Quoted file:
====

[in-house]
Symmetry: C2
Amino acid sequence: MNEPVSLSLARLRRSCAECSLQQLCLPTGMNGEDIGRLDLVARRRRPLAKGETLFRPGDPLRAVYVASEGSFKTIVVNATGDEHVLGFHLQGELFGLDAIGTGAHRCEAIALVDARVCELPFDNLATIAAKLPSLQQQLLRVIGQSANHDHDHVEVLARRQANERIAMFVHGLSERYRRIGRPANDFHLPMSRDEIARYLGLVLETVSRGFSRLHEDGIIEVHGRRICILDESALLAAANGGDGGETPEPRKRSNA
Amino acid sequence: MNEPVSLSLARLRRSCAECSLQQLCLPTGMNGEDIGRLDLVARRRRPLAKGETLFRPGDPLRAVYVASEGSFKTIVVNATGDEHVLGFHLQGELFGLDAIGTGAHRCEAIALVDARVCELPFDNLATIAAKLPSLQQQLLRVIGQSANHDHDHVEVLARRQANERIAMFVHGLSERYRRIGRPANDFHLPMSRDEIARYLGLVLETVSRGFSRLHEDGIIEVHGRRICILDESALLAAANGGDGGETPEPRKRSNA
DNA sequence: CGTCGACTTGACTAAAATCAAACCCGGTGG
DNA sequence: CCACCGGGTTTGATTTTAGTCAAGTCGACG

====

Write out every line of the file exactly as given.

[in-house]
Symmetry: C2
Amino acid sequence: MNEPVSLSLARLRRSCAECSLQQLCLPTGMNGEDIGRLDLVARRRRPLAKGETLFRPGDPLRAVYVASEGSFKTIVVNATGDEHVLGFHLQGELFGLDAIGTGAHRCEAIALVDARVCELPFDNLATIAAKLPSLQQQLLRVIGQSANHDHDHVEVLARRQANERIAMFVHGLSERYRRIGRPANDFHLPMSRDEIARYLGLVLETVSRGFSRLHEDGIIEVHGRRICILDESALLAAANGGDGGETPEPRKRSNA
Amino acid sequence: MNEPVSLSLARLRRSCAECSLQQLCLPTGMNGEDIGRLDLVARRRRPLAKGETLFRPGDPLRAVYVASEGSFKTIVVNATGDEHVLGFHLQGELFGLDAIGTGAHRCEAIALVDARVCELPFDNLATIAAKLPSLQQQLLRVIGQSANHDHDHVEVLARRQANERIAMFVHGLSERYRRIGRPANDFHLPMSRDEIARYLGLVLETVSRGFSRLHEDGIIEVHGRRICILDESALLAAANGGDGGETPEPRKRSNA
DNA sequence: CGTCGACTTGACTAAAATCAAACCCGGTGG
DNA sequence: CCACCGGGTTTGATTTTAGTCAAGTCGACG